Today is another anniversary of the horrific attack on America that happened 9-11-01. I did not lose anyone in these attacks but was impacted by the events & their aftermath. For me I look at those attacks somewhat like our generation’s Pearl Harbor.
Each year as another September 11th approaches my family makes a concerted effort to remember & reflect. We tell our version of our events to our kids, who were all very young children on that terrible day, so they have limited direct personal memories.
We usually check out various books & movies from the library that share aspects of those events & things that subsequently happened. We make a concerted effort to not look away from the horror & tragedy & to prayerfully & respectfully reflect & remember.
Here are some things that have been impacting us over the years & can help us to understand the events, at least from the point of view of their creators:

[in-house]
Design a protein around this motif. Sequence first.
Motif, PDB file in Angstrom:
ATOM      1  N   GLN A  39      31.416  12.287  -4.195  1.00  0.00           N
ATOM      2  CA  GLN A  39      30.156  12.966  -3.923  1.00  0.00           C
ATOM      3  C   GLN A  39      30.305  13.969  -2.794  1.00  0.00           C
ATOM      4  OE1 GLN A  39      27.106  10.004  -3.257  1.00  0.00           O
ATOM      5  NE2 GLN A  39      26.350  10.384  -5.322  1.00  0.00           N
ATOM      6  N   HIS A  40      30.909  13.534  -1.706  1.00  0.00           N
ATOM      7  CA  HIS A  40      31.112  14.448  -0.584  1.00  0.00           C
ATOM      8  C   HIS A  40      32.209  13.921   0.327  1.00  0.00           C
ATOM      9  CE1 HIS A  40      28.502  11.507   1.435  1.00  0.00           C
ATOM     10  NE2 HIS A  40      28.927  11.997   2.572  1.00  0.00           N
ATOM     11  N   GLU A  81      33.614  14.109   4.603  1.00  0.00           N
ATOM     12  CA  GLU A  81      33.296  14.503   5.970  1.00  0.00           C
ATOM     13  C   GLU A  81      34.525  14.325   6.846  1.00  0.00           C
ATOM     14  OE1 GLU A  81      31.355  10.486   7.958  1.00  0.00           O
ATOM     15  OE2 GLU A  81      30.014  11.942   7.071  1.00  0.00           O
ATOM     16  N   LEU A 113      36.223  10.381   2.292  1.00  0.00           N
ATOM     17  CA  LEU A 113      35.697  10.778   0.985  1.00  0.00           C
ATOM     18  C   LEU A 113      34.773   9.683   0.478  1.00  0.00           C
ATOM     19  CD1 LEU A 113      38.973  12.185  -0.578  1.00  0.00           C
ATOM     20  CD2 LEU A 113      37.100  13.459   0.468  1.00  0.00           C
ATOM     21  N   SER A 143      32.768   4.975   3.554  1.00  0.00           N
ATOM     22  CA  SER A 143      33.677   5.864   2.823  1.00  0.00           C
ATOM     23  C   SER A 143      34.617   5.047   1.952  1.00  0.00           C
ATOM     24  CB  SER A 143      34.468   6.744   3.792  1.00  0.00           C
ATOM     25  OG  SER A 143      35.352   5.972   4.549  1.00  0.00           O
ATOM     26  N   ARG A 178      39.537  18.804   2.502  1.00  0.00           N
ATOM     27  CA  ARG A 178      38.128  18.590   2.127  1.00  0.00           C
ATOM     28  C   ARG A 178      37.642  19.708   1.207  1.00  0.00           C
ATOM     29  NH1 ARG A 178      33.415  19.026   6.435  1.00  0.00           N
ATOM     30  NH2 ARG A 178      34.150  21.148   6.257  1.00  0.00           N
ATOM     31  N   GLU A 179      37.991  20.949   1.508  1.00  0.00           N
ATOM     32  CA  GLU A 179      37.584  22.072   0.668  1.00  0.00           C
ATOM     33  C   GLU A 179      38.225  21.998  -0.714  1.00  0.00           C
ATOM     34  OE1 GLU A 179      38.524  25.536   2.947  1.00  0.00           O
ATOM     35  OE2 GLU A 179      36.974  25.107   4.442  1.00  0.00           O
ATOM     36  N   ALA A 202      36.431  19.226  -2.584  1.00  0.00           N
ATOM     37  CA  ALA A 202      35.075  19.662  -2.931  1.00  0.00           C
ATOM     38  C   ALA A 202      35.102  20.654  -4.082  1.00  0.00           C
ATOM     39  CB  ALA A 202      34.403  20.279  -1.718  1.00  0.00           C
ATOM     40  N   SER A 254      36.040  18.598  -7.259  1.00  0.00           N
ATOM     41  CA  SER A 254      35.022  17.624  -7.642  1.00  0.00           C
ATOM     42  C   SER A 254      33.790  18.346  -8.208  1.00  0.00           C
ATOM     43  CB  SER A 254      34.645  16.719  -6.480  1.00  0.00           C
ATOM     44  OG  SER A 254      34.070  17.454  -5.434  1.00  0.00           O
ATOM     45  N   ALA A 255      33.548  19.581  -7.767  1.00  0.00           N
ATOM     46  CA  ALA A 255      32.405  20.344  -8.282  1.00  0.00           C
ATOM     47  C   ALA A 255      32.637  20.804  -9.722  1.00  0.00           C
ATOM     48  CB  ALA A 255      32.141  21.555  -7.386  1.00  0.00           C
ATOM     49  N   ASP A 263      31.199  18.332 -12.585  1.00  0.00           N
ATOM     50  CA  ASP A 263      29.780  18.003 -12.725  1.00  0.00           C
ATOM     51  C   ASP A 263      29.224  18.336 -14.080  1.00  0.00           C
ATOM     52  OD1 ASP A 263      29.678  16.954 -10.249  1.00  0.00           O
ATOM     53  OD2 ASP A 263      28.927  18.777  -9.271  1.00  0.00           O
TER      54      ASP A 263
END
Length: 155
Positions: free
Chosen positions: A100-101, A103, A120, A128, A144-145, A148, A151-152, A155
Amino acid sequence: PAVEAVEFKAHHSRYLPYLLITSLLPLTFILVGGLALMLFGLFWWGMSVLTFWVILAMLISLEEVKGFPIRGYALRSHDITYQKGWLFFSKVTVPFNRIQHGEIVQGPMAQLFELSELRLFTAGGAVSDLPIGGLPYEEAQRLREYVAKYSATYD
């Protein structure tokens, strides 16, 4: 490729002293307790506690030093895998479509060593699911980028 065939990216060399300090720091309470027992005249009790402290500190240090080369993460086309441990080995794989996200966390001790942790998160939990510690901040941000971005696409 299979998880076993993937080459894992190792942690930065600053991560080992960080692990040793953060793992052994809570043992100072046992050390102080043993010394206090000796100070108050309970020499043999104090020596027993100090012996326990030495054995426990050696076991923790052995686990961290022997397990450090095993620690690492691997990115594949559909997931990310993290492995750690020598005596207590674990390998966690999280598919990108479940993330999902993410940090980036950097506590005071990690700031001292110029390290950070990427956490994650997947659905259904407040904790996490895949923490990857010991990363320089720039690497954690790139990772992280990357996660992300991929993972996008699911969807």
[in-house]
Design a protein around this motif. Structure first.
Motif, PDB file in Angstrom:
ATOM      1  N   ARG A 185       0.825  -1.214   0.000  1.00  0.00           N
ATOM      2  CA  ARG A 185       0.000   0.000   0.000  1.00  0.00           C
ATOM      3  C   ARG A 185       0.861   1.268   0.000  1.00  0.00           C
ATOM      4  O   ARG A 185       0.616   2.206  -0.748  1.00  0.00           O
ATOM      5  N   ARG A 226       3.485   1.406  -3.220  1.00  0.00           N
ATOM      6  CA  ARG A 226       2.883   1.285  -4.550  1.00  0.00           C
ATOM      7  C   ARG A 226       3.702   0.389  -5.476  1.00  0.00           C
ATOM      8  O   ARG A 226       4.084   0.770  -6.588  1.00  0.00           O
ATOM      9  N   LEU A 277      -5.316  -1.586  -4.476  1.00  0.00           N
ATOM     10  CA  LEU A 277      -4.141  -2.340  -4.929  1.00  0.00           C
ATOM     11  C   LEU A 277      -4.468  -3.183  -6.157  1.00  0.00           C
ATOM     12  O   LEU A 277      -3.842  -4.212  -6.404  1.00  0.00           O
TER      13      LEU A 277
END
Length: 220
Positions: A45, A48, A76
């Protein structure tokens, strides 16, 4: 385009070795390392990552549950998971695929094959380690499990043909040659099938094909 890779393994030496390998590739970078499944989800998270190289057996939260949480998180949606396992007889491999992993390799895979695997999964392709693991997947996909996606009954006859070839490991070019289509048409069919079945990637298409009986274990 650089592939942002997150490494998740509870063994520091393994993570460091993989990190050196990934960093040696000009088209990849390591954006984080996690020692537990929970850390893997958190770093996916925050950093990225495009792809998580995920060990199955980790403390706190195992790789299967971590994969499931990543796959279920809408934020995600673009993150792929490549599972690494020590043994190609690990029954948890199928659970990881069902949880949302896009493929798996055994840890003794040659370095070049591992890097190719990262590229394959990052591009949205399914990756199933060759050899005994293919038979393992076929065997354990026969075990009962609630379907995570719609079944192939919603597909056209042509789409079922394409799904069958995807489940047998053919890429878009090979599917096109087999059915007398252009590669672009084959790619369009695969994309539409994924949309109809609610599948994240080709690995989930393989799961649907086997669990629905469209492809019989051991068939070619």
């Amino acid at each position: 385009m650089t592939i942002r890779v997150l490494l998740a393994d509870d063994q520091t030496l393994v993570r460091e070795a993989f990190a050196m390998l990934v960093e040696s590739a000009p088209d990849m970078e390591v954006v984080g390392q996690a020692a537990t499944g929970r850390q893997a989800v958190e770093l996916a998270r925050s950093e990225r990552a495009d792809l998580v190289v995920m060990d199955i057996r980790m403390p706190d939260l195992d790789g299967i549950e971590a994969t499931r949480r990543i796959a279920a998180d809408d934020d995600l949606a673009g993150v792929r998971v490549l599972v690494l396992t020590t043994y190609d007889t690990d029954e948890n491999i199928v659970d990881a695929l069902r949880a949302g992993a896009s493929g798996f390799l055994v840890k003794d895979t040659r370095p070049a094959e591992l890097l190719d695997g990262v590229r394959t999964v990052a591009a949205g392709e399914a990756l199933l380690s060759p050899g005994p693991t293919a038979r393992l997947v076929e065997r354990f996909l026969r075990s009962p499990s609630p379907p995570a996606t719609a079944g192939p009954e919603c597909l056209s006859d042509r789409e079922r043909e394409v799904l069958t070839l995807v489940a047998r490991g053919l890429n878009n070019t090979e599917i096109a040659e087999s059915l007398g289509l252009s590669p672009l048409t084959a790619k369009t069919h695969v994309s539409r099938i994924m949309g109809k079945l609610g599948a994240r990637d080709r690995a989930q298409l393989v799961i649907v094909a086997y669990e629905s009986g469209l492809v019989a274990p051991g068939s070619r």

- The book, Love Greg & Lauren, by Greg Manning, shares their family’s journey through the medical trauma due to Lauren’s extensive burns from being caught in the fireball that exploded in one of the Trade Center lobbies when one of the planes hit. This book so impacted me that later on when my son, Josiah, was found to have a brain tumor & masses/tumors in his liver that ultimately required a Liver Transplant that I began writing blog posts to keep friends, family, & prayer warriors abreast of his situation & needs. Had I never read Love Greg & Lauren I may have continued to just send email blasts to a huge readership but not developed the more interactive style of communication that provided so much support for us during some very difficult times. That original blog is archived here: JazzmanJournal.wordpress.com & the continuing blog is found here: https://www.caringbridge.org/visit/josiahcurren/